“In short,” Smith concludes, “modeling the ‘complete’ bioreactor cell-culture performance for universal application may be not yet be in sight.” He does comment that there appears to be a push among large biopharma toward the use of complete models for the prediction of bioreactor performance in their given networks. However, in any published literature regarding these efforts, there is rarely sufficient detail provided to enable easy reproduction of the models used, and almost never is source code made public for direct application. “In this sense, trade secrecy and intellectual property concerns may be stymying the potential rapid industry-wide advances in performance prediction,” Smith observes.

“Even simpler aspects of bioreactor performance are generally still poorly modeled.” He points to the modeling of mass transfer coefficients, which dictate whether a reactor can provide sufficient oxygen to maintain viable cell mass, as an example. “In the past three years, there have been several hundred publications on CFD-based prediction of kLa in bioreactors. While this quantity suggests great interest in the area, they frequently describe the resulting models as ‘adequate,’ ‘sufficient,’ or similarly hesitant verbiage, suggesting in fact there is still space to improve in our performance prediction as an industry,” Smith explains.

Potentially because of this remaining gap in the predictive power of CFD, many of the product development/pilot-scale models used today, according to Smith, are driven primarily by empirical data leveraging fairly traditional correlations. “This approach seems to be able to provide a similar predictive power to that of CFD without the additional computational effort and resources,” he comments.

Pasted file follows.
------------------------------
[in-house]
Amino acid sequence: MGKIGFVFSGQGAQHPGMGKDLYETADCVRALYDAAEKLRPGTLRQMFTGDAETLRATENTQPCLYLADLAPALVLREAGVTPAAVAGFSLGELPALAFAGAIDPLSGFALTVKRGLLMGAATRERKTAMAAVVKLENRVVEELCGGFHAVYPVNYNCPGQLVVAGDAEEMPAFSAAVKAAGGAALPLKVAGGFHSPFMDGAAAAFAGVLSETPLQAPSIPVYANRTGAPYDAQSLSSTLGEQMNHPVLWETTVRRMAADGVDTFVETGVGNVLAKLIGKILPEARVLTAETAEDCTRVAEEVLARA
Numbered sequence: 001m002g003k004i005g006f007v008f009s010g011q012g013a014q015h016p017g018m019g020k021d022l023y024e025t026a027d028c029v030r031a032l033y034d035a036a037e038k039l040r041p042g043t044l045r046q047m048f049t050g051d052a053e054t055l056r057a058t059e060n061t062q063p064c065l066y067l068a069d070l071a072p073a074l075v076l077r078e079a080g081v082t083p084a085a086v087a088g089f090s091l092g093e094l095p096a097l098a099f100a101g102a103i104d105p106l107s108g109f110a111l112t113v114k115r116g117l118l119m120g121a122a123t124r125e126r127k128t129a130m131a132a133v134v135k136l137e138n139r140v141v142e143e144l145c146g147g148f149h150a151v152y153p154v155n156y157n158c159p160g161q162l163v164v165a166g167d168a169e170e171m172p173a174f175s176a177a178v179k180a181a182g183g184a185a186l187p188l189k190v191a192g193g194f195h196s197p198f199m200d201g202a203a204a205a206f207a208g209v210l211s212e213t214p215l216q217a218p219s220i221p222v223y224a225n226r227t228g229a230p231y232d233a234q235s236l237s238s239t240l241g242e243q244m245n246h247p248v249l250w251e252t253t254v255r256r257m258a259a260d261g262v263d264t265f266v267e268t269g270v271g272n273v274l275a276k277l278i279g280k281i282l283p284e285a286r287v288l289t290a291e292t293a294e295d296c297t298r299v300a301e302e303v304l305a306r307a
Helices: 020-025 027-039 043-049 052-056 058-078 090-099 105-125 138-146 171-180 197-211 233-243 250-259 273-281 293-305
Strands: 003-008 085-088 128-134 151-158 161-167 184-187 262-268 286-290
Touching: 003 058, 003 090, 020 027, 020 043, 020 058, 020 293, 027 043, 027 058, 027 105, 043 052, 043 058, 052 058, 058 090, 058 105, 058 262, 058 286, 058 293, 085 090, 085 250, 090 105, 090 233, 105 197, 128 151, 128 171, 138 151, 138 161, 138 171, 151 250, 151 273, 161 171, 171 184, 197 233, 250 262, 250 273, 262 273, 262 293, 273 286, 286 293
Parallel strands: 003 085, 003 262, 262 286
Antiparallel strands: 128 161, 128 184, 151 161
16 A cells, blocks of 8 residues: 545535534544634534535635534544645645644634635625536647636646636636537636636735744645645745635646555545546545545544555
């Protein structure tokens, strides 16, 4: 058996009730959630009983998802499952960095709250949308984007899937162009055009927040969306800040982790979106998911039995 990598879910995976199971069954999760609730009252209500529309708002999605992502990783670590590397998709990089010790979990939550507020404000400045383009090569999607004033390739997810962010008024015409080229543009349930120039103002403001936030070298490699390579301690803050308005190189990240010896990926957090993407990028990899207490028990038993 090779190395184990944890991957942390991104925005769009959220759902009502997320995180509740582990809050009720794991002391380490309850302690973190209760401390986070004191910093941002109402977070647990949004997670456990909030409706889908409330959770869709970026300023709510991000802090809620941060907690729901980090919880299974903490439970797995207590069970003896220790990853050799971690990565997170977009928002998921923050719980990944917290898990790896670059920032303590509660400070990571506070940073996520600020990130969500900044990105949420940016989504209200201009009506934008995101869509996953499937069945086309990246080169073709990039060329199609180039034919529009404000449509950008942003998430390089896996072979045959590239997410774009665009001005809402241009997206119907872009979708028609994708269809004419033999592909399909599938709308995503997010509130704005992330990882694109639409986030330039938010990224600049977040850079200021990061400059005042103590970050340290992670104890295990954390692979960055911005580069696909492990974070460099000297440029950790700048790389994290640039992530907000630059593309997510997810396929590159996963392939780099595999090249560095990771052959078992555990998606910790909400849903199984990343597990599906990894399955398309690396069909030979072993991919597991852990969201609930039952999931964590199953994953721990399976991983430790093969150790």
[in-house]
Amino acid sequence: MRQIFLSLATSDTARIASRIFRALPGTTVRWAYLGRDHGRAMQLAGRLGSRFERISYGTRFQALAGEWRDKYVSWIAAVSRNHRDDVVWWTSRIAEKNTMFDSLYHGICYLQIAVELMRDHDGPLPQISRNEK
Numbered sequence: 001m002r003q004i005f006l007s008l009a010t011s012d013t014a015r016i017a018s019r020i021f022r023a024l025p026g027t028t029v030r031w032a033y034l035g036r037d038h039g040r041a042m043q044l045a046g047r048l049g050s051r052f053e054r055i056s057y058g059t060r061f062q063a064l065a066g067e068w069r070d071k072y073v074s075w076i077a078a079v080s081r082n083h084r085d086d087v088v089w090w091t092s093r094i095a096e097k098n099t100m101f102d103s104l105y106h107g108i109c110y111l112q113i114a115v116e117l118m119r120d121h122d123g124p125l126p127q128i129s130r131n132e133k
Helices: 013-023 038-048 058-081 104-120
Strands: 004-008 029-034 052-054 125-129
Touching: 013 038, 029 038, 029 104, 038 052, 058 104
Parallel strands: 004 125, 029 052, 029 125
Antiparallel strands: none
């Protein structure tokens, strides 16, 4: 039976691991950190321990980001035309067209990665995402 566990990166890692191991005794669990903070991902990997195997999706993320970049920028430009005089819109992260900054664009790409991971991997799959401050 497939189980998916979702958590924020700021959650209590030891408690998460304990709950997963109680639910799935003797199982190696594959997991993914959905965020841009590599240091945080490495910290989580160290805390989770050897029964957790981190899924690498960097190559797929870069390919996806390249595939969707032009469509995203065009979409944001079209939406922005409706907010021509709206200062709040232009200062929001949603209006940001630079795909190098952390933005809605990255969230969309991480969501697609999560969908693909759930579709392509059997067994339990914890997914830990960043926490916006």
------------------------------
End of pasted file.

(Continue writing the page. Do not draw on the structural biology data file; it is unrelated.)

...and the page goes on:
Role of process analytical technology

Useful models must be robustly validated with real data. The greater the amount of good data incorporated into a model, the more insight the model can provide. Traditional off-line sampling once or twice daily of key parameters (e.g., viable cell density, glucose, key amino acids, titer, etc.) will not provide the robust data set needed to robustly predict performance on a moment-by-moment basis, according to Smith.

That is where process analytical technology (PAT) comes in. “Relatively recent application of PAT, such as Raman spectroscopy and biomass probes for inline sensing, are now providing more complete data on cell-culture performance and enabling better, more timely control of reactor automation,” he observes. Advances in sensor technologies have also contributed to enhanced real-time performance predictions of bioreactor performance and enable approaches such as model predictive control-based models, according to Mistretta. It is, in fact, improvement of automation control strategies within the existing capabilities of the bioreactor—not sampling and sensing alone—that is essential to improving bioreactor performance, stresses Smith.